Since the International Women's Day has no single organizer or agenda, it is left for women everywhere to determine how they want to use it. It is left to women in all countries to define what the day means to them, and what they hope to achieve in the set day. Most women in public or private life use the occasion to address gender issues such as reproductive healthcare, gender equality, violence against women, girl-child education, female genital mutilation, maternity leave and paid holidays among others.
How did the celebrations of the International Women's Day begin?
The first National Woman's Day was held in the US on February 23, 1909. Then the following year in 1910, the International Conference of Working Women took place in Denmark - here a woman, Clara Zetkin, suggested that women everywhere celebrate themselves on a given day of the year. The over 100 women from 17 countries that attended the meeting agreed to the suggestion and this was the beginning of the International Women's Day.
The seed was planted in 1909 but it actually began to grow in 1911 when the first International Women's Day held across Switzerland, Denmark, Austria and Germany on March 19, 1911. And in 1913, March 8 became designated as the official day for the celebration of International Women's Day. It used to be termed as "woman's" day but got changed to "women's" day around late 1940; and the United Nations ratified the global concept in 1975.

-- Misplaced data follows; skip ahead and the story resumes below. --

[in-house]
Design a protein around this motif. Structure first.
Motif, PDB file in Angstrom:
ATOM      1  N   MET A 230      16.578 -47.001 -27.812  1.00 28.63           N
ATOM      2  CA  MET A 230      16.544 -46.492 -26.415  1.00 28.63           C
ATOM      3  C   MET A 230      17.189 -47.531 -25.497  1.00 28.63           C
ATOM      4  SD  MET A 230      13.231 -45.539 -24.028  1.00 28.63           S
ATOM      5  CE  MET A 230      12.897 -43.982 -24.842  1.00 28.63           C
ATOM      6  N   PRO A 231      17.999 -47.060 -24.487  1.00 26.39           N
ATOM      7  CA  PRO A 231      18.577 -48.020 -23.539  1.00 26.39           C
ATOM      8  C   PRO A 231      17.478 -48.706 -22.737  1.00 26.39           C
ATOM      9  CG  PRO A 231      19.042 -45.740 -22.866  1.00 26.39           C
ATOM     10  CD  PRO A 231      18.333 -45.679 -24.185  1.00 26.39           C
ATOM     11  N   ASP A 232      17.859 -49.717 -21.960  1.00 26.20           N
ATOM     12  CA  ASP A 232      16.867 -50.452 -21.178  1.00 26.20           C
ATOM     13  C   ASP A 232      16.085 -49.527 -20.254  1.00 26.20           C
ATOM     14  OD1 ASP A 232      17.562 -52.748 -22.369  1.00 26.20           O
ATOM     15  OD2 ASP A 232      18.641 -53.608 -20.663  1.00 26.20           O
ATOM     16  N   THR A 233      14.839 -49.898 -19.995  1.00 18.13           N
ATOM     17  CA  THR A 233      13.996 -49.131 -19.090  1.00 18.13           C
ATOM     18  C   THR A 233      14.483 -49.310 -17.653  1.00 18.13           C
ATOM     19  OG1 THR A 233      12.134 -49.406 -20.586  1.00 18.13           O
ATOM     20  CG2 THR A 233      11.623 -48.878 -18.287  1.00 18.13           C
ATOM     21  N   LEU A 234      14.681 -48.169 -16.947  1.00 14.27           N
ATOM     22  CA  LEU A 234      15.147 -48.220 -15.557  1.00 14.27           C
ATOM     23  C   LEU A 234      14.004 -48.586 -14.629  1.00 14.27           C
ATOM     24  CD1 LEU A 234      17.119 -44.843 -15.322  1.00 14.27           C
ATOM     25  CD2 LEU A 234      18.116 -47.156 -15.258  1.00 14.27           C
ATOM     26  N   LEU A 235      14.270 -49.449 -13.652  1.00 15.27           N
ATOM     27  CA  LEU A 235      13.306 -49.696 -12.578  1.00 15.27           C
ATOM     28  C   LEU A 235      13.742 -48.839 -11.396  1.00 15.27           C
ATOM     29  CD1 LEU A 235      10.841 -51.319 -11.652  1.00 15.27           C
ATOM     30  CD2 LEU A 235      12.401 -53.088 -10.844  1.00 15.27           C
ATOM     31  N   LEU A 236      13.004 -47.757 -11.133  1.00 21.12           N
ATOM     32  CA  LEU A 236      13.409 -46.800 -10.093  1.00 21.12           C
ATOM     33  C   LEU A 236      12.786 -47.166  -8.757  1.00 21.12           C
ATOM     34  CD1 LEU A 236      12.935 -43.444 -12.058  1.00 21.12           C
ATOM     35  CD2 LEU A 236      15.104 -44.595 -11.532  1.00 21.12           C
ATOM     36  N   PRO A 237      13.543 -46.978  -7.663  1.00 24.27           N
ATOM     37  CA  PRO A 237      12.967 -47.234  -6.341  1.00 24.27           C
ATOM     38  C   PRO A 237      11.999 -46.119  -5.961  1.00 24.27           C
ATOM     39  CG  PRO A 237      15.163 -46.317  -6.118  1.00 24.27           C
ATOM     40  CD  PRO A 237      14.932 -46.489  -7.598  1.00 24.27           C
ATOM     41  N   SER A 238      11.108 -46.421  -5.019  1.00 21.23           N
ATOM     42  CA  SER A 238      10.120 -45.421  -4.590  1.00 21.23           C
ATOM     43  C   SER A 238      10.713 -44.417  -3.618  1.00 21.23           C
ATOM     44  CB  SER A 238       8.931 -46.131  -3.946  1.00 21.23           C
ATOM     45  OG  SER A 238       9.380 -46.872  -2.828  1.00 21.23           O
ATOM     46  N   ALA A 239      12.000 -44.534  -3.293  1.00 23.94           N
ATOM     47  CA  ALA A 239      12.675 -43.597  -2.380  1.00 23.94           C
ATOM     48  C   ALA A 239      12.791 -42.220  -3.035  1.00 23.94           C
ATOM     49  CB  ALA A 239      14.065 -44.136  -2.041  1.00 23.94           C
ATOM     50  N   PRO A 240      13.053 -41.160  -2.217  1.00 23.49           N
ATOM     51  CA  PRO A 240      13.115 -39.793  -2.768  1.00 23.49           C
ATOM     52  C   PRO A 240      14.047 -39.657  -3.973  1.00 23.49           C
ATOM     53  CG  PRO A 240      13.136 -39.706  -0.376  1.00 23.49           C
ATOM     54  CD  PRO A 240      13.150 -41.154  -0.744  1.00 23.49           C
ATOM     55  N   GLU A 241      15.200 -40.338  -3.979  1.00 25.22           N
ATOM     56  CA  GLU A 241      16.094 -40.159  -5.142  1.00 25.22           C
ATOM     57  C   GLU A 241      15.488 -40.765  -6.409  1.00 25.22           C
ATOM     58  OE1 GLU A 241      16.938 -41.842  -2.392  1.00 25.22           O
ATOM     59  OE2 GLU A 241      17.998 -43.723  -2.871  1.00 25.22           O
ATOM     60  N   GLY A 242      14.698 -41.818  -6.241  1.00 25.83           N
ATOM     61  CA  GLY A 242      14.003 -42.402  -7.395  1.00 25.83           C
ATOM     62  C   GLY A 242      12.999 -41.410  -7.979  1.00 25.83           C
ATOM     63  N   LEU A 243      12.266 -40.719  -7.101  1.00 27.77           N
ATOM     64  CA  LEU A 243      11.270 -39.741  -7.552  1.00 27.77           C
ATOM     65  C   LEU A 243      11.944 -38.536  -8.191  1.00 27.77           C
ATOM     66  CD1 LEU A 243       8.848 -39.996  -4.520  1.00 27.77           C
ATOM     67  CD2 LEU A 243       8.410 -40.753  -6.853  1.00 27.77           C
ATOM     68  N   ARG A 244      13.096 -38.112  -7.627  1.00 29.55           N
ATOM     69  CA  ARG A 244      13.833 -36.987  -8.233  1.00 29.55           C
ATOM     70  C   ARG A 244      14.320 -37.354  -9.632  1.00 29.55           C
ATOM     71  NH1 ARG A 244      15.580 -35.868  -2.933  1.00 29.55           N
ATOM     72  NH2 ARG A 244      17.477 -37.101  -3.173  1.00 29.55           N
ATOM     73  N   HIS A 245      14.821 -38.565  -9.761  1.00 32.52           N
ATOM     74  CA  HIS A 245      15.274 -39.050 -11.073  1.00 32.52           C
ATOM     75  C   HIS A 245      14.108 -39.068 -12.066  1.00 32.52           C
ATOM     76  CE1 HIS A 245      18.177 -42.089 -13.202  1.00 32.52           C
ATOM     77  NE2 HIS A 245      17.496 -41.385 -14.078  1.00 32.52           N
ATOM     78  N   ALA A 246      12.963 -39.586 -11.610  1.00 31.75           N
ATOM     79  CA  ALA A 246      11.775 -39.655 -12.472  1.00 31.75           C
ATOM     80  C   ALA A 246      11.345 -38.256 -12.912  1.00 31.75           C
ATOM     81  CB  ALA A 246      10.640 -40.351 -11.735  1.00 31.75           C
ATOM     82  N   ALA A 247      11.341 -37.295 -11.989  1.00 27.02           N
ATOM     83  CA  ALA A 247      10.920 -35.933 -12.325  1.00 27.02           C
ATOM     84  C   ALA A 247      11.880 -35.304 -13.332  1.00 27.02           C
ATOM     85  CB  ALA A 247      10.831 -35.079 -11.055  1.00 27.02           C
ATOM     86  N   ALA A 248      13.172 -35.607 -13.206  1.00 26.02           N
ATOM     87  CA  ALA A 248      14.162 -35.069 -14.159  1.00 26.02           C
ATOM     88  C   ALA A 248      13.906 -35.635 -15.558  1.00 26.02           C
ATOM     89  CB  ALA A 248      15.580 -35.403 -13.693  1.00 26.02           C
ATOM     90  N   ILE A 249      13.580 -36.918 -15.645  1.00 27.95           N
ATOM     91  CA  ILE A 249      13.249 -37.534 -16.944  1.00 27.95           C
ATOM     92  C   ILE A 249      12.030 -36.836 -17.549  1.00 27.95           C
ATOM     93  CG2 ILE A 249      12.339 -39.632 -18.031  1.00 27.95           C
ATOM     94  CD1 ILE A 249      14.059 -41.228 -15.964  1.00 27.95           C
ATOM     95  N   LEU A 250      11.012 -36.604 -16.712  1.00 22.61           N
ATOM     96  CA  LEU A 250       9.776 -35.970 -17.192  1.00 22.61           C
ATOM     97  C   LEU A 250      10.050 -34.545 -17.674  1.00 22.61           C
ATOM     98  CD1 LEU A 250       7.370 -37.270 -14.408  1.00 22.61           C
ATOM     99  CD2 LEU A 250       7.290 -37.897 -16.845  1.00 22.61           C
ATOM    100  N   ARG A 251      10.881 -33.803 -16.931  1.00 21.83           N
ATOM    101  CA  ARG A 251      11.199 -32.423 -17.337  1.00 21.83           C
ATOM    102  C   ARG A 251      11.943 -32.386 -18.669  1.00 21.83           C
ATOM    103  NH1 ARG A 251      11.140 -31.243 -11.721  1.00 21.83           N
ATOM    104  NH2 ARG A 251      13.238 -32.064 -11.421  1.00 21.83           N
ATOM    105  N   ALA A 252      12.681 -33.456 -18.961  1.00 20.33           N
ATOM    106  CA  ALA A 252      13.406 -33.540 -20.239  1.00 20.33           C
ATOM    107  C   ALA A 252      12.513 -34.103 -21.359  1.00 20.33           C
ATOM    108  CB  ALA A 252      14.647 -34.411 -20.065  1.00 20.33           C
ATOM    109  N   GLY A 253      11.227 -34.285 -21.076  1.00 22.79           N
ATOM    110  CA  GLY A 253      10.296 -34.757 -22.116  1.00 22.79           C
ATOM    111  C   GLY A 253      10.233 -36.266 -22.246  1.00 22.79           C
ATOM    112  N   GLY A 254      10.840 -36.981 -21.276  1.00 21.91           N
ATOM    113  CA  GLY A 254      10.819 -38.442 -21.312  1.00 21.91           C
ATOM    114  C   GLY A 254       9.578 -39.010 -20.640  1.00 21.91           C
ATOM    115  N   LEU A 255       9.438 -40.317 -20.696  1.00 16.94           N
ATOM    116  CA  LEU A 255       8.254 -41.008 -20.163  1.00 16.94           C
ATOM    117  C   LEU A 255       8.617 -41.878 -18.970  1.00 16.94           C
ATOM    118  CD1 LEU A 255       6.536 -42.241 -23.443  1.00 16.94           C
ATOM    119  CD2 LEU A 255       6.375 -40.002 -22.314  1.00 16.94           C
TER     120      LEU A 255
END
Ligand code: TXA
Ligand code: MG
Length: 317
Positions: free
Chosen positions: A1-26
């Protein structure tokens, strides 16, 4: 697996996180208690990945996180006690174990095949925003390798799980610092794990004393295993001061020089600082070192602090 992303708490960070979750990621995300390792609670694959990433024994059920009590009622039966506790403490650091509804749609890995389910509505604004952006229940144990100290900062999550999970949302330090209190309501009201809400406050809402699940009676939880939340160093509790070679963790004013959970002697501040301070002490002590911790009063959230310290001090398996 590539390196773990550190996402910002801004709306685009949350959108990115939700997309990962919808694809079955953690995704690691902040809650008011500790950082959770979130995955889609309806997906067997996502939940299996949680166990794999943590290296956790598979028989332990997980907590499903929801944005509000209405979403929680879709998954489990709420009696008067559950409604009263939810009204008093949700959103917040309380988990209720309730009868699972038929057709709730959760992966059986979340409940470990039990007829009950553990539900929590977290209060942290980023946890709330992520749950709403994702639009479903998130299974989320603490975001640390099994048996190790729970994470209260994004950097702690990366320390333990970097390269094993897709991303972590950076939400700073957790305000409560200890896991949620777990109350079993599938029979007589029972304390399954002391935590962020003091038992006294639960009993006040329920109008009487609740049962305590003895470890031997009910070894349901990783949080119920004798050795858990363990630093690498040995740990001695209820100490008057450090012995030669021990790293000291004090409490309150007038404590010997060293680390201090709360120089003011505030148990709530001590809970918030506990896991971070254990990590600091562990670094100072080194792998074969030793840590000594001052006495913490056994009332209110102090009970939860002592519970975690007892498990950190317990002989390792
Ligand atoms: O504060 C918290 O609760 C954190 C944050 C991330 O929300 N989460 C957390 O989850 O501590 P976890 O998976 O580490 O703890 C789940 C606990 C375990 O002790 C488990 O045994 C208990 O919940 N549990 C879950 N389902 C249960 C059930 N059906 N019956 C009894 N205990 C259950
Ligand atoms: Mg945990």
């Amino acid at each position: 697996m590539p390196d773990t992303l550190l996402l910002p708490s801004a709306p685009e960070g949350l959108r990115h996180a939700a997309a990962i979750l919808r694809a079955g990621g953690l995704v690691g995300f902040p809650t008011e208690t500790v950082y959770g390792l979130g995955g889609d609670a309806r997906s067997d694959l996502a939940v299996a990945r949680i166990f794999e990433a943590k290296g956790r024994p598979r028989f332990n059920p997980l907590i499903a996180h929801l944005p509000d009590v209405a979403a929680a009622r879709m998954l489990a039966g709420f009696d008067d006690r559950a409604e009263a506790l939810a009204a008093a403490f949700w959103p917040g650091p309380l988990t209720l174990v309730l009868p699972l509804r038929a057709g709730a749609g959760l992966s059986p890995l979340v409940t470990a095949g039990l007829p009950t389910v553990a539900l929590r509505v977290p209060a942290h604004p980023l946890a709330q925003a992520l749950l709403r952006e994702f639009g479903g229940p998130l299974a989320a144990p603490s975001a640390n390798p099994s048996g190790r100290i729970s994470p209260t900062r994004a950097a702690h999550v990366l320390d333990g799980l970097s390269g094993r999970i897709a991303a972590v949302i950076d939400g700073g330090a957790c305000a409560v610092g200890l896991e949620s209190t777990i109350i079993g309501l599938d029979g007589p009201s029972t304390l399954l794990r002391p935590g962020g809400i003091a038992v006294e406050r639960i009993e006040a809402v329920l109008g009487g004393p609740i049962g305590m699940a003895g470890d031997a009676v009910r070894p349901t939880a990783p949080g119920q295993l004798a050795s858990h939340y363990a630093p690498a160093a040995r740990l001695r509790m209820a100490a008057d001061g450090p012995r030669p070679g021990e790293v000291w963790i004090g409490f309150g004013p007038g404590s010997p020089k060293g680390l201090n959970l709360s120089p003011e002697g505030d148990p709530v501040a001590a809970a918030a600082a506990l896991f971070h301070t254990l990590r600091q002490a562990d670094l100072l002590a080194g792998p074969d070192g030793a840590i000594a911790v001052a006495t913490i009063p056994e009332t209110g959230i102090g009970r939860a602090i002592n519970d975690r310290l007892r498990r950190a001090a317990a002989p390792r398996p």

How do women everywhere celebrate the IWD?
There is no specific way the IWD is to be celebrated, but women everywhere use the occasion to press for women's rights. It is celebrated as an official holiday for women in several countries and they stay off paid and unpaid work. And it is used to push for political inclusiveness and awareness for women in several countries. Some other women in some countries use the day to honor outstanding women that have fought for women's rights and led the political cause of women in general. Generally-speaking, people everywhere use the day to celebrate the social, economic, cultural and political rights achievements of women in the society.
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